Alum uses technology to enhance lives of disabled Ohioans
When Ali Rahimi and his family immigrated to the U.S. for a better life, he never dreamed he’d one day return the favor for Ohioans with disabilities.
At age 20, Rahimi ’14 moved with his family from Tehran, Iran, to California. After visiting his cousin, an Ohio State welding engineering doctorate student, in Columbus, Rahimi decided to make Ohio his home.
“That turned out to be a long week,” he said with a laugh. “I’m still here. I fell in love with the campus and the creative energy there.”
The computer science engineer’s dream of pursuing a career in animation and game development changed after he met Patti Ruble, a social worker disabled by polio at age 12, for a social science assignment. The two quickly became friends.
At the time they met, a new health care agency had taken over Ruble’s in-home care and Rahimi saw how it negatively impacted her life.
“The scheduling and quality of staff were poor. Patti was helping other people, but she needed support and was not getting it,” he explained. “That was really bothering me. Being an engineer, I tend to believe we can solve all of the world’s problems. So, I thought it would be simple, ‘I’ll just start an agency and help her and others facing the same dilemmas!’”
And he did. In 2011, while balancing a full-time job and classes, Rahimi started Ohio At Home. The home health agency has since grown from three clients in central Ohio to around 30 across the state. It has 85 employees, who are all Ohio State students.
“We hire pre-health students who want to get patient hours,” Rahimi said. “We train them and they gain meaningful experience. We help them develop professionally and move on to the next level.”
After experiencing the struggles of running an agency, Rahimi created a software platform that coordinates business activities such as scheduling, documentation and collaboration among caregivers, medical professionals, families and connected devices.
By 2015, Ruble was happy with her staff support, but wanted more independence. So Rahimi created a device capable of tracking the location of her wheelchair online and calling for help if needed.
“That was the first thing we built,” Rahimi said. “Then the state of Ohio came to us and said, ‘You know, you can get paid for this device.’ We didn’t know. We were just doing it as a friend.”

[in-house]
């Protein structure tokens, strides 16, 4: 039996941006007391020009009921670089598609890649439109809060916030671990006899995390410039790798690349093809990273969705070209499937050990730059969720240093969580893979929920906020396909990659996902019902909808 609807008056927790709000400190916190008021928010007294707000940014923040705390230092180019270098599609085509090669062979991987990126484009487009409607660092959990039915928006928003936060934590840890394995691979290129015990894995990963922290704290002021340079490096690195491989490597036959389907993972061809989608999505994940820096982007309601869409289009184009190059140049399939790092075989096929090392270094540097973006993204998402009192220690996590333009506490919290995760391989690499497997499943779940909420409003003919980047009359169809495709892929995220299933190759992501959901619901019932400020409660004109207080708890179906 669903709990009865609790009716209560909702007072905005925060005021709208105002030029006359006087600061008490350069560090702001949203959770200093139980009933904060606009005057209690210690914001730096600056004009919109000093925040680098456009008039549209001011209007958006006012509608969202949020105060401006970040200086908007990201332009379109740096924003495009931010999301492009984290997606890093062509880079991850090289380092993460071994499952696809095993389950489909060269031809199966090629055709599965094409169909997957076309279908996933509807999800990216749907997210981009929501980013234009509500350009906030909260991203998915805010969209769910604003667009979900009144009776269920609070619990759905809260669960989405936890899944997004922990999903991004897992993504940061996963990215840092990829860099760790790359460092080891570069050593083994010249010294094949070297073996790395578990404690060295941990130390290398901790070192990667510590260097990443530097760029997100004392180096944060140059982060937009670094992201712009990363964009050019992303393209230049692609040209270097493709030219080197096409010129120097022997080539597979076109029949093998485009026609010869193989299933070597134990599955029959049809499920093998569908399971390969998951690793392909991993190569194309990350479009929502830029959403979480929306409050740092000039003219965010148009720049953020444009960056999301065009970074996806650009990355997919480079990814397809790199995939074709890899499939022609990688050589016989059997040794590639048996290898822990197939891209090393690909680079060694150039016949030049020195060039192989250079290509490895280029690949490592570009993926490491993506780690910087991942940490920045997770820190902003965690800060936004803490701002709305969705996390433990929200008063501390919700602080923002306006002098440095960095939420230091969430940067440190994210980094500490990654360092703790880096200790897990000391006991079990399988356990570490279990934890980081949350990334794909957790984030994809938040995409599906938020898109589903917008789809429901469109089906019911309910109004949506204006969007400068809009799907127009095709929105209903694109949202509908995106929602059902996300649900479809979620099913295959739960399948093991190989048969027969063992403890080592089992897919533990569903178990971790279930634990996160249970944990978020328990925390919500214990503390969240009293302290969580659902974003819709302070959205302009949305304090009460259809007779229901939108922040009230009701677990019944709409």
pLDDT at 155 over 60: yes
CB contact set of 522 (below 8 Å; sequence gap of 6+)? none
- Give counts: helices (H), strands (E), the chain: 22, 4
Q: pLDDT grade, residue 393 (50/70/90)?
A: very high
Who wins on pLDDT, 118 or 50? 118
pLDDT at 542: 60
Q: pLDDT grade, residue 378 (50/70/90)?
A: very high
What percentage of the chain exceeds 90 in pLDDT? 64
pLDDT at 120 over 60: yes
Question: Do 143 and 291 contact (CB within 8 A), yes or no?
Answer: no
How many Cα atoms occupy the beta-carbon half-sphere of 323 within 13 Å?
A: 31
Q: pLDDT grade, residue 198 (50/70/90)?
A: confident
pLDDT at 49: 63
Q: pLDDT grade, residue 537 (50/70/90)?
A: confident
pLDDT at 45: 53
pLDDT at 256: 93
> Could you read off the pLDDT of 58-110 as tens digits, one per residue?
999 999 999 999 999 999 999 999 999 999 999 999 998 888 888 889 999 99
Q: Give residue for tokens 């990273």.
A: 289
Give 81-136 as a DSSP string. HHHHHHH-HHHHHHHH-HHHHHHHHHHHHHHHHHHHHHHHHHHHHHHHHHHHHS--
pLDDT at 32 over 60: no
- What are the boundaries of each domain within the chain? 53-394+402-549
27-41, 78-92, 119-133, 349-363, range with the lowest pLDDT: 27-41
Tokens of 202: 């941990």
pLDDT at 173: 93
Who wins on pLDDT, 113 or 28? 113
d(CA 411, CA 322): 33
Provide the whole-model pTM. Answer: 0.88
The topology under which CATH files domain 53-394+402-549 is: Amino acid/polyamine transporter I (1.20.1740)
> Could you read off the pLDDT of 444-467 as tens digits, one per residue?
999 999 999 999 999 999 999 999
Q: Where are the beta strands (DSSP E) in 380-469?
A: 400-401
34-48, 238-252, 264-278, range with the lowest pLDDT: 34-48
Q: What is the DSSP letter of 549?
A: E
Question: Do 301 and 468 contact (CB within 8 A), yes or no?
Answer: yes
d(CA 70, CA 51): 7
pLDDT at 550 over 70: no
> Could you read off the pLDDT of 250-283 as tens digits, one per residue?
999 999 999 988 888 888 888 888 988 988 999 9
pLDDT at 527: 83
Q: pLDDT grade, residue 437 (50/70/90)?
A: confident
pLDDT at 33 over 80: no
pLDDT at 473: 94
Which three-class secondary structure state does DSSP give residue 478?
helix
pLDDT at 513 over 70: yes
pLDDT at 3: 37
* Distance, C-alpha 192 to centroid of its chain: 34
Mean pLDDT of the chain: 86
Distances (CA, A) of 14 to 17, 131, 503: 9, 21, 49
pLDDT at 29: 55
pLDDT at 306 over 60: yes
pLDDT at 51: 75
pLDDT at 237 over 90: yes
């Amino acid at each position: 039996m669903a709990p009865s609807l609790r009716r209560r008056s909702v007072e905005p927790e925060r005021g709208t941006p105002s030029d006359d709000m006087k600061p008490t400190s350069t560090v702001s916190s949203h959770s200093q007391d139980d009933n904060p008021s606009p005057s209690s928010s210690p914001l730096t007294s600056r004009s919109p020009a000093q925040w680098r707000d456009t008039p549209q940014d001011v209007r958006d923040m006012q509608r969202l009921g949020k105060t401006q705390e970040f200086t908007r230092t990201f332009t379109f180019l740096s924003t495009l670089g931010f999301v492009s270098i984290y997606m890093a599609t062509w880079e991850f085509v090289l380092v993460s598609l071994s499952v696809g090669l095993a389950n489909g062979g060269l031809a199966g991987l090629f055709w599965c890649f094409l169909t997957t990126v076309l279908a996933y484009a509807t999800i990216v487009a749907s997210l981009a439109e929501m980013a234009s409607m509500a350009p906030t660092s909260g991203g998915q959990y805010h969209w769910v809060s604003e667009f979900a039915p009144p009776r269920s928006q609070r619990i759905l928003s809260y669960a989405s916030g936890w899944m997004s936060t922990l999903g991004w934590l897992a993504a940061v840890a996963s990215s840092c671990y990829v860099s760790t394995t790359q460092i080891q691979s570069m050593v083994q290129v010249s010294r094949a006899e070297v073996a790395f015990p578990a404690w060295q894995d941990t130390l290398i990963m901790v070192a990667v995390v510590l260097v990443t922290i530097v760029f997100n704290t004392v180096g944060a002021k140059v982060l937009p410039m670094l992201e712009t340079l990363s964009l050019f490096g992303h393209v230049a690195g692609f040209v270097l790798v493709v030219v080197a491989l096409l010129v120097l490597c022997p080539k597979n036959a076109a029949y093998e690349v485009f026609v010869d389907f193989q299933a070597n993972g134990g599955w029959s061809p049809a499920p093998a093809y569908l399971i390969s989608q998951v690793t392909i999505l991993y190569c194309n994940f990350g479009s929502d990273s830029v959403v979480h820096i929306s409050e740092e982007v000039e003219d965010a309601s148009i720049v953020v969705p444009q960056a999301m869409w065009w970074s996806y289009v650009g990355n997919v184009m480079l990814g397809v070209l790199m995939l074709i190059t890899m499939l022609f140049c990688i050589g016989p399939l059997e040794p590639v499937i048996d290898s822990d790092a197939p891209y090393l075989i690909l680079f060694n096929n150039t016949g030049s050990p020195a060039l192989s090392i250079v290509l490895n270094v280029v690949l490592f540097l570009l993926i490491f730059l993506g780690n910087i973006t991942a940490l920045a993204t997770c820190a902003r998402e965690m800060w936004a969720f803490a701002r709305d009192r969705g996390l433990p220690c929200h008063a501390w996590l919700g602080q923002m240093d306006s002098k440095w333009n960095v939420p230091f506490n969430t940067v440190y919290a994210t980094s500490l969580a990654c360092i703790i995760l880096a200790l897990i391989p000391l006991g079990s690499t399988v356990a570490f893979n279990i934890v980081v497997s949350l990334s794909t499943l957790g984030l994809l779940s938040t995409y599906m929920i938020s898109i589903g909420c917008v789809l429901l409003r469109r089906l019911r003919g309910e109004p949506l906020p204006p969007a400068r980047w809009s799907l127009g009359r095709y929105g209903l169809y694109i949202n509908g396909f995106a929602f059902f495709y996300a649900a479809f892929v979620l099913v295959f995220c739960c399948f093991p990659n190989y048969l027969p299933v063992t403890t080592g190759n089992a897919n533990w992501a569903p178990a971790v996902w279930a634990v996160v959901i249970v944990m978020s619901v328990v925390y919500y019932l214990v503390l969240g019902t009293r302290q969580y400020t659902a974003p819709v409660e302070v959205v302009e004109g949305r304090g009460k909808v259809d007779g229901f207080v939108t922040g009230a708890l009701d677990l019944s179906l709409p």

Later that year Rahimi launched Medforall, an assistive technology company. It provides business software for agencies as well as remote support and assistive technologies to help individuals with disabilities be independent.
The company also offers Rahimi a more creative outlet for his problem-solving skills.
“I wanted to use my engineering to do something more challenging,” he said. “I knew I was building software that was helping agencies, but it wasn’t as techy as I wanted it to be.”
He’s equally passionate about solving problems for people with disabilities and assuring families that their loved ones are safe today and tomorrow. One example is a custom head-tracker app originally created for Steven, who has a severe physical disability and couldn’t communicate with caregivers to tell them when he was in pain. Users can hold their gaze for a few seconds to select different options, such as choosing a snack, calling for help or controlling assistive devices.
“This was a lifesaver for him,” said Rahimi. “The first time he got the system to respond to him, he laughed for 15 minutes. His cognitive power is just as you and me, it’s just that he can’t communicate verbally.”
Another client, Johnny, was assigned 24 hours of in-person monitoring following an accident, but craved more alone time. After assessing the situation, Medforall installed cameras and fall detection devices in his home enabling him to be alone, but safe, for 16 hours a day.
Medforall currently serves around 60 clients and Rahimi sees tremendous opportunity for growth. He was one of a handful of providers who advised the state on its Technology First initiative, an executive order signed in 2018. It made Ohio the first state to emphasize the importance of technology to support people with disabilities.
Remote support is also more affordable, Rahimi said, costing up to one-half as much as in-person care. More importantly, it allows for limited staff to be sent where they’re needed most.
“Steven had difficulty finding staff to help him move, but Johnny was overstaffed,” he explained. “This is unfortunately so common and the distribution of care is not balanced at all.”
In the future, Rahimi wants to go beyond personal home care to help people with disabilities achieve their goals. “We want to be able to help people get a job, using augmented reality training and coaching. The same technology can be used for someone to go to school and have a remote tutor or coach.”
Rahimi is quick to credit Ohio State’s role in the success of his businesses. Beyond hiring Ohio State students and alumni, he has sponsored several student capstone projects and sees them as an affordable way to develop new projects while also providing a unique learning experience for engineering students.
“We couldn’t do it without Ohio State,” he said. “Engaging Ohio State helped me develop that proof-of-concept. It gave me faith that yes, this is doable. We can do it.”
by Candi Clevenger, College of Engineering Communications, firstname.lastname@example.org